At the end of the treatment, the arterial needle is removed, the saline line opened, and the pump started in order to flush the blood remaining in the extracorporeal circuit back to the patient. Most patients are very anemic (the kidneys control the production of new red cells) and, therefore, retrieval of as much blood as possible is important. Since flow is always in the same arterial to venous direction through the circuit, some practitioners will insert the arterial needle into the saline bag so the few inches of tubing between the needle and the saline infusion port will also be flushed.
When the blood is mostly out of the extracorporeal circuit, the venous needle is removed from the patient, and a compress is applied to the puncture site until it clots, which may be 10-20 minutes depending on the size of the needles and the degree of systemic anticoagulation at the end of the treatment. At this point, the needles and blood lines are discarded (in biohazard containers) as these components are rarely reused.
The majority of dialyzers are, however, reused. There are numerous procedures for reusing dialyzers both manually and automatically. In centers, special machines for simultaneous multiple dialyzer regeneration are used. Generally the steps are as follows:
1. High flow rate water flush of blood compartment.
2. Force water through the membrane in dialysate compartment to blood compartment direction (reverse ultrafiltration).
3. Removal of residual blood and protein by flushing blood compartment with bleach and/or peroxide.
4. More water flush.
5. Measurement of remaining fiber bundle volume or the ultrafiltration rate as an indicator of remaining dialyzer efficiency.
6. Filing, capping, and storing the dialyzer with a chemical sterilant such as formaldehyde, peracetic acid, or glutaraldehyde.
7. Documenting all of the above and assuring that there is no chance of using a reused dialyzer on a different patient.
Of course, the above procedures must be done in a biohazard environment since there is always the potential for exposure to human blood, and hepatitis and AIDS are relatively prevalent in the dialysis population. Also, the OSHA and EPA stipulate various working environment regulations owing to the hazardous sterilants and cleaning agents used.
Regeneration of dialyzers and lines may be performed on the machine. The Boag U.S. Pat. No. 4,695,385 discloses a cleaning apparatus for dialyzer and lines. The device is permanently or semipermanently connected into the dialysis machine system.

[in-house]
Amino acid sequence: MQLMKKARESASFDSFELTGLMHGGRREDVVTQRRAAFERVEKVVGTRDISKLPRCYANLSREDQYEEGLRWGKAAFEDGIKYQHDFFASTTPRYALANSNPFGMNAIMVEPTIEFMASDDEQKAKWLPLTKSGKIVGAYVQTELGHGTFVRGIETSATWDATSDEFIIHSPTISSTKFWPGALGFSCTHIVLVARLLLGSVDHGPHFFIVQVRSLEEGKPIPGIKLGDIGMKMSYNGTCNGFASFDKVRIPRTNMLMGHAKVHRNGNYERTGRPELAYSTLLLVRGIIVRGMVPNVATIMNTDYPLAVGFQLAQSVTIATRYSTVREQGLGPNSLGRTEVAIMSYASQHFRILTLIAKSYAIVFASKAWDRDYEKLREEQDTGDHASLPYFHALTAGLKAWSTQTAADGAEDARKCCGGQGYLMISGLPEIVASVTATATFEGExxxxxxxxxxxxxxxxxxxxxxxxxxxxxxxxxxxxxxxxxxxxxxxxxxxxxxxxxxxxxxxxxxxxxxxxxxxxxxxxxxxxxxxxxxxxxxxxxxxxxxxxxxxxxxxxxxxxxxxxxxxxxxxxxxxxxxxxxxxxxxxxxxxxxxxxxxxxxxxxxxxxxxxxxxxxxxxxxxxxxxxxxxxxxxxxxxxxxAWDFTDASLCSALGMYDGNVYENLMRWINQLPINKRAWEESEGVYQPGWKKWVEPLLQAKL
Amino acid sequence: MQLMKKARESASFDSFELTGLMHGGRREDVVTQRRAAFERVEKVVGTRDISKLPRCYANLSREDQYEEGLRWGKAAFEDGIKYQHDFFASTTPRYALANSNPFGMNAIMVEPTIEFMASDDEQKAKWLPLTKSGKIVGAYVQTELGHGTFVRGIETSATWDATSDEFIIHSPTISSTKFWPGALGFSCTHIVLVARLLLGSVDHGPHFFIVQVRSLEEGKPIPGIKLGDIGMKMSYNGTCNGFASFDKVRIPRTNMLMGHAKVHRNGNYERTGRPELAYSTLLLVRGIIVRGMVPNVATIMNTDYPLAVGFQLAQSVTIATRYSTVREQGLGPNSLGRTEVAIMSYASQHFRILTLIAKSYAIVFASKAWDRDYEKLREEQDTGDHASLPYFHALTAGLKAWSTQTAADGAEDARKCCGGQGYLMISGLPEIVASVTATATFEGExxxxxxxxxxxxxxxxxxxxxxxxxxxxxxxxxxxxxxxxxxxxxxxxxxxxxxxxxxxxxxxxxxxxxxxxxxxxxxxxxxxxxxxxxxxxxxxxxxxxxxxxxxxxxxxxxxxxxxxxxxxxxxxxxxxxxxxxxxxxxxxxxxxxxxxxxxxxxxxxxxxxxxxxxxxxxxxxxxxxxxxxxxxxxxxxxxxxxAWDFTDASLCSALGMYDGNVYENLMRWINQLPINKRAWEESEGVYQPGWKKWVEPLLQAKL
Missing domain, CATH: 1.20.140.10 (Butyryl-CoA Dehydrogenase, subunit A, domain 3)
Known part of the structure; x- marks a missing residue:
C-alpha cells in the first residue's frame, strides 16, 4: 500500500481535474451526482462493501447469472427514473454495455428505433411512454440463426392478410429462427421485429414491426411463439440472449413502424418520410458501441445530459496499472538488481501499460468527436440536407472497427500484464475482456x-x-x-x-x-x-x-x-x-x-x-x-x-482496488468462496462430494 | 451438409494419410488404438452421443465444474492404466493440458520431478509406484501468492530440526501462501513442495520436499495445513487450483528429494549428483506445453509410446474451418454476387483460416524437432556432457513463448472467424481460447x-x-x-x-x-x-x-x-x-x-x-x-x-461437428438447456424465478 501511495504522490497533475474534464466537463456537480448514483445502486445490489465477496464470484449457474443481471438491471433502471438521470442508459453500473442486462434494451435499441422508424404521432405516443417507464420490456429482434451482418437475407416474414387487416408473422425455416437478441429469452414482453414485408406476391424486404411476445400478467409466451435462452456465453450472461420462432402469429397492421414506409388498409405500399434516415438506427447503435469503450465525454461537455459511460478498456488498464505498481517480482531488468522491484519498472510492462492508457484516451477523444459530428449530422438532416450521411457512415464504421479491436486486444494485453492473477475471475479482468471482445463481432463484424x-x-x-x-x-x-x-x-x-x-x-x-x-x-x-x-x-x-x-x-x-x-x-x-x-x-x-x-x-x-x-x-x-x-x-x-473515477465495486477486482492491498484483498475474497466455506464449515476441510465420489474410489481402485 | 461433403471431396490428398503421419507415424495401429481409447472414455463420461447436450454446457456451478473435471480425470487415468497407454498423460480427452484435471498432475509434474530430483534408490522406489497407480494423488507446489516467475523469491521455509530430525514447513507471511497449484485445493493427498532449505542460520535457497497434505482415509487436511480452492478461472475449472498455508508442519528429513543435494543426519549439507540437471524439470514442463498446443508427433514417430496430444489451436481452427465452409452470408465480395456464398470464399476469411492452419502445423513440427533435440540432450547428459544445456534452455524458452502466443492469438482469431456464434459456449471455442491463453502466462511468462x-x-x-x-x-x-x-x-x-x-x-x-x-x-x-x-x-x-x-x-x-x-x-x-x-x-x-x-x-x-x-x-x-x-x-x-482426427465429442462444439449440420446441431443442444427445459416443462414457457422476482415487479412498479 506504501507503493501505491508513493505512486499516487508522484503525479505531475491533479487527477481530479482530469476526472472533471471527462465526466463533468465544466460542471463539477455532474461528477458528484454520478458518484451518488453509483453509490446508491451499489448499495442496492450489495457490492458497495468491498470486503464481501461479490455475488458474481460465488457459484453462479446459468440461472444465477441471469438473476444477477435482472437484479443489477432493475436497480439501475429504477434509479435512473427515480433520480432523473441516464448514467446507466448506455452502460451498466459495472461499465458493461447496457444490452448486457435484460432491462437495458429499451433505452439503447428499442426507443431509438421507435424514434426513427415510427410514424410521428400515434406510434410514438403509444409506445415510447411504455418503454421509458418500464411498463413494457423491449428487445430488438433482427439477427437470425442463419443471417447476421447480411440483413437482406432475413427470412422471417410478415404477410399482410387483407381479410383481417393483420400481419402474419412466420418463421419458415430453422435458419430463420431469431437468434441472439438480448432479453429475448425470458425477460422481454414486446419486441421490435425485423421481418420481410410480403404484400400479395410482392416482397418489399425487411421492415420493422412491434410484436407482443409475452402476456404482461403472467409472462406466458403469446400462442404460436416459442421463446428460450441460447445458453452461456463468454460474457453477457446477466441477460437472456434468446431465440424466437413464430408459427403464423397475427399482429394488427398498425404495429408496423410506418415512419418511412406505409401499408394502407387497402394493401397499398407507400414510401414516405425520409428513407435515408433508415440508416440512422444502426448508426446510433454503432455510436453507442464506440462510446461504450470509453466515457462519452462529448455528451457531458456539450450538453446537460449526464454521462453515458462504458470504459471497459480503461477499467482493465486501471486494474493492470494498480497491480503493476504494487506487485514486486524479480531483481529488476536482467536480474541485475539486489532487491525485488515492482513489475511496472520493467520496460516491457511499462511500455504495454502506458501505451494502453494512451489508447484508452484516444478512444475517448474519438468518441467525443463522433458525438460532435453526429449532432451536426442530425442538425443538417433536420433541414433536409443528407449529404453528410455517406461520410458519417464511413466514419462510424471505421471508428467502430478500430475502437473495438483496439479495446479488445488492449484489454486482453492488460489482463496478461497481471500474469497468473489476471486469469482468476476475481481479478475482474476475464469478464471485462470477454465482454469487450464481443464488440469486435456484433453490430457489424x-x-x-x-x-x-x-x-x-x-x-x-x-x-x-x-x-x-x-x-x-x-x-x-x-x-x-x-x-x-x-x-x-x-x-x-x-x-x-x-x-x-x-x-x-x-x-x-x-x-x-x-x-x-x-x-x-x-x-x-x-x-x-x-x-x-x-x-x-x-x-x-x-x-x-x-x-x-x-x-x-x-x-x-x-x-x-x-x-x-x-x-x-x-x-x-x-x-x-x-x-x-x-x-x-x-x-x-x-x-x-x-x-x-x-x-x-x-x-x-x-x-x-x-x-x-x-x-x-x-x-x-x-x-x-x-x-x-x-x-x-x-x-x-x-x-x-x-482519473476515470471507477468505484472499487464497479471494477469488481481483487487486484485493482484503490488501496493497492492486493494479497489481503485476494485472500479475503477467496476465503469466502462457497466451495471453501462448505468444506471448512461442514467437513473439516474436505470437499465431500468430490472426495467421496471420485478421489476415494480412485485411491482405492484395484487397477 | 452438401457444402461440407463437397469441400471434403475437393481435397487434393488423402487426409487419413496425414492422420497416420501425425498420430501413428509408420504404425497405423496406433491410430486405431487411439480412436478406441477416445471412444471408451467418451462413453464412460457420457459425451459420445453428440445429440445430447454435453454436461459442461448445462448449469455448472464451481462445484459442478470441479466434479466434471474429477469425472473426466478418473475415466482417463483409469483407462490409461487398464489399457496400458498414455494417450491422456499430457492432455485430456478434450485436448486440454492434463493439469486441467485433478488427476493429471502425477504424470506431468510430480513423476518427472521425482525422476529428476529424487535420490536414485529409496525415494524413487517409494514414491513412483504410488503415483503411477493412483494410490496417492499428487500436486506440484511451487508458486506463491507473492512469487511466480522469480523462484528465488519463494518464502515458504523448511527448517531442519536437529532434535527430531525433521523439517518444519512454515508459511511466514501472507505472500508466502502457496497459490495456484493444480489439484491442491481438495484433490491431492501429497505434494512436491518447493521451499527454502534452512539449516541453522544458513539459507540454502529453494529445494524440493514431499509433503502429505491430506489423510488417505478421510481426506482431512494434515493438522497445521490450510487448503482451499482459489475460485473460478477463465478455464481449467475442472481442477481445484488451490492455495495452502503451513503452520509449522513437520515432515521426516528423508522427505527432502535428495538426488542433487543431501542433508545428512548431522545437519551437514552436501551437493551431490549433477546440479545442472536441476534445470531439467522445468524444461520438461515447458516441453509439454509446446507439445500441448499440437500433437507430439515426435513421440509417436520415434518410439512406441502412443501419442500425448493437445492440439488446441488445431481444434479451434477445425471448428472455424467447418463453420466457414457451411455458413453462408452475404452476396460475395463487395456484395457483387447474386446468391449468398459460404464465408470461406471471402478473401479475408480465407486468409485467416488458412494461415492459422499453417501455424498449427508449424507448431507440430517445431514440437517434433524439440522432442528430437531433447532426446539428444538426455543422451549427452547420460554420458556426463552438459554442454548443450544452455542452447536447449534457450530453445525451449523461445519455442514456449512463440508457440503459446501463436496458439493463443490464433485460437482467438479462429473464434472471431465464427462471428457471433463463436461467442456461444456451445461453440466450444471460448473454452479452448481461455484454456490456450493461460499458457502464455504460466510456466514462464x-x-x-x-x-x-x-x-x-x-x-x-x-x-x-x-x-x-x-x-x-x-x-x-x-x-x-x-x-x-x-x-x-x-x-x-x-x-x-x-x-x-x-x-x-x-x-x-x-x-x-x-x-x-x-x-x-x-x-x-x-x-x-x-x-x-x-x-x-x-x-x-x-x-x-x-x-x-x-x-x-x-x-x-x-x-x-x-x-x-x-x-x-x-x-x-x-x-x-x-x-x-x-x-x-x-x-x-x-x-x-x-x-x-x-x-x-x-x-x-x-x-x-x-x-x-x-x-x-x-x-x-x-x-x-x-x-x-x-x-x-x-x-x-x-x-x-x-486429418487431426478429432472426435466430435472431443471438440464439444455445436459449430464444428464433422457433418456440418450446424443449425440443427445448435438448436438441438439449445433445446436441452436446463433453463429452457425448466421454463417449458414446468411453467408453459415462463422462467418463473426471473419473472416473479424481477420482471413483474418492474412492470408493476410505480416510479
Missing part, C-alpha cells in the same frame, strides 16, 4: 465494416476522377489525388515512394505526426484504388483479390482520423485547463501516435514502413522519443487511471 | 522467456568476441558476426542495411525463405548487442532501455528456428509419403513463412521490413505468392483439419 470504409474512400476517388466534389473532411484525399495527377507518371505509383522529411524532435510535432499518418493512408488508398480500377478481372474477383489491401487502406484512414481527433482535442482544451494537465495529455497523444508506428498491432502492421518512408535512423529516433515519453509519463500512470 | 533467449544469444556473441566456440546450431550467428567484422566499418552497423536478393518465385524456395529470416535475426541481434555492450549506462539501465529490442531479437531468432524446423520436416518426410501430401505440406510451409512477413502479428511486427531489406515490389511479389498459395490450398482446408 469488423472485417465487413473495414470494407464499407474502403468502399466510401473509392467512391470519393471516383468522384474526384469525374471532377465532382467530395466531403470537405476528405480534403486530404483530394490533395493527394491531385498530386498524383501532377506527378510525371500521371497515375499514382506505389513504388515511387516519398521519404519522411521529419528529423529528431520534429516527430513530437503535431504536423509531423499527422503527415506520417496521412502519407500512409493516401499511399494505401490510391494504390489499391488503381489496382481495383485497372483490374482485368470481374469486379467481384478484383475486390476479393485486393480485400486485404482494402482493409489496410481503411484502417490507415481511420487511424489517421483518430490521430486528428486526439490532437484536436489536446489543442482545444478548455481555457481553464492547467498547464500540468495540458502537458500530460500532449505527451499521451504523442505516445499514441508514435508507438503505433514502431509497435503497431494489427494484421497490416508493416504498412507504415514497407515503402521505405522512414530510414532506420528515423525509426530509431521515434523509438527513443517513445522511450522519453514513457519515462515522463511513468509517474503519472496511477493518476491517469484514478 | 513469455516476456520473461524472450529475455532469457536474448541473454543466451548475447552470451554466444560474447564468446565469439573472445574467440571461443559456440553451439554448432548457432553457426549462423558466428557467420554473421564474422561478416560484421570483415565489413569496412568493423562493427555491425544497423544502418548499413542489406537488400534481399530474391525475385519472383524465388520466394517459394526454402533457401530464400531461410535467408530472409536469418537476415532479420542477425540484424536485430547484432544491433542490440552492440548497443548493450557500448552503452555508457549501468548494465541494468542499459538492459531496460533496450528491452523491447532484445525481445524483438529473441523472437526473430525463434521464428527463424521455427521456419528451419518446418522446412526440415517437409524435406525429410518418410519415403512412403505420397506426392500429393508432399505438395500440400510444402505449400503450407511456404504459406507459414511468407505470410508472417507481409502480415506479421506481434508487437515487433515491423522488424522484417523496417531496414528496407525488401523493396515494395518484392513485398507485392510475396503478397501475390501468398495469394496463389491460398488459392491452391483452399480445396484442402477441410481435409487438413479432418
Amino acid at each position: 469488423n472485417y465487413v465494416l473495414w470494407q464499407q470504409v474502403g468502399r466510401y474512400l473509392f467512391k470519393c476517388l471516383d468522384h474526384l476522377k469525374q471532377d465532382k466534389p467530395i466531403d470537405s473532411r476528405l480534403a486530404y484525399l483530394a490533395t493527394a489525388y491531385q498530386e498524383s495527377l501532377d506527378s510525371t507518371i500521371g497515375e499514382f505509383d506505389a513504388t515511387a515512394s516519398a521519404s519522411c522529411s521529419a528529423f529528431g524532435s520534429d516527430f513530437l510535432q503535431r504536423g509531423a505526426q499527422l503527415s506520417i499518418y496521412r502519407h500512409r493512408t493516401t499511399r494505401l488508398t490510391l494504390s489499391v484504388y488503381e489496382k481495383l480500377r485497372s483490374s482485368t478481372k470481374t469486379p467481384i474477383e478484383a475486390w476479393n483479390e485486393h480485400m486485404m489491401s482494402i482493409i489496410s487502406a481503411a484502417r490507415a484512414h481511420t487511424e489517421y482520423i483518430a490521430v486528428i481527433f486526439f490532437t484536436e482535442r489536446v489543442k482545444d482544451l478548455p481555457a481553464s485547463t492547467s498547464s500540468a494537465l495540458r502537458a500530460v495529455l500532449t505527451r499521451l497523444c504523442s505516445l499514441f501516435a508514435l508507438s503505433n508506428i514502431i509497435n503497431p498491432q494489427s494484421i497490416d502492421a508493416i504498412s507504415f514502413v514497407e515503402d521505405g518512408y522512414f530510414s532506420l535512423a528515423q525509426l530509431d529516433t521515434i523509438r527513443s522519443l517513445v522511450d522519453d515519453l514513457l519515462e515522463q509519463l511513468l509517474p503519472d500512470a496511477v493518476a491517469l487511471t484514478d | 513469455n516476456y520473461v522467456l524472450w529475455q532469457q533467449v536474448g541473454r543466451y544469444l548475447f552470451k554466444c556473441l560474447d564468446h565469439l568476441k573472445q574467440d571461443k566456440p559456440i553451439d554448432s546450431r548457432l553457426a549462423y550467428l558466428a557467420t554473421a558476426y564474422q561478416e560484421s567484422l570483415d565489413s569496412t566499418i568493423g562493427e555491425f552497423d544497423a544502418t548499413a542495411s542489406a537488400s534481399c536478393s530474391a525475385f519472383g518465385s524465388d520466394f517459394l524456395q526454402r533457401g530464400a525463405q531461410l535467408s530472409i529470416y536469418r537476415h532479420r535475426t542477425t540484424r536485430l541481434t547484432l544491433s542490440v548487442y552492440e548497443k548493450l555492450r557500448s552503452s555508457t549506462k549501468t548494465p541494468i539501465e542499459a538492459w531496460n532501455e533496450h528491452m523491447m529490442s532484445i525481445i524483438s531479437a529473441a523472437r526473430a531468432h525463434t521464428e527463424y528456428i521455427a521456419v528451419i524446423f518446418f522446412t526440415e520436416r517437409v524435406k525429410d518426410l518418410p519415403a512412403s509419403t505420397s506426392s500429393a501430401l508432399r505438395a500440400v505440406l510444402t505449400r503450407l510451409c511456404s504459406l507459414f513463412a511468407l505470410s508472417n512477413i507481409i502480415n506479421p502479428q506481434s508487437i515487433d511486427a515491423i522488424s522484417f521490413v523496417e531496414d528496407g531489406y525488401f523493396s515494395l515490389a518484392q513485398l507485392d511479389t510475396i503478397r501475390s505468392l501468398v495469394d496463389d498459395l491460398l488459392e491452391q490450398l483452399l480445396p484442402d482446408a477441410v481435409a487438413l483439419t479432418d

Finally, the dialysis machine plumbing must be periodically cleaned and disinfected. There are two reasons for this. The first relates to the fact that the dialysate has historically not been sterile. From the very beginning of dialysis as a therapy, the dialyzer membrane has been relied upon to be a sterile barrier between dialysate and blood. This is certainly true for whole bacteria, but concern has been growing over the past several years that with the use of synthetic membranes and their more porous structure, pyrogens, or components thereof, may be permeating these membranes and activating inflammatory processes within the patients. This may be exacerbated because the pressure gradient is frequently in the blood-to-dialysate direction when synthetic membranes are used. The second reason is that when bicarbonate containing dialysate is used, calcium carbonate inevitably precipitates and accumulates on the plumbing and must be dissolved with an acidic solution.
Clinically, three dialyses per week are associated with rapid changes in body fluid compartments and in concentrations of all dialyzable solutes. These changes are aptly called "The Unphysiology of Dialysis" (Kjellstrand C M, Evans R L, Petersen R J, Shideman J R, von Hartizsch B, Buselmeier T J: The Unphysiology of Dialysis: A major cause of side effects?" Kidney Int 1975; 7 (suppl3); S30-S34). Many patients have enormous difficulties achieving a "dry" body weight if they accumulate three, four, or more kilograms of fluid between dialyses. Some patients, especially with heart failure, poorly tolerate even a two kilogram fluid weight gain; they are short of breath before dialysis, have muscle cramps and hypotension during dialysis, and feel "washed out" and are extremely weak, needing several hours to "equilibrate" and become functional. Serum concentration of highly toxic potassium frequently reaches dangerous levels (more than seven mEq/L), particularly preceding the first dialysis after a longer interval (weekend). To mention only a few others, calcium and pH are too low before dialysis or too high after dialysis in many patients. Empirically, in many hemodialysis units, these patients are placed on a four times weekly dialysis schedule.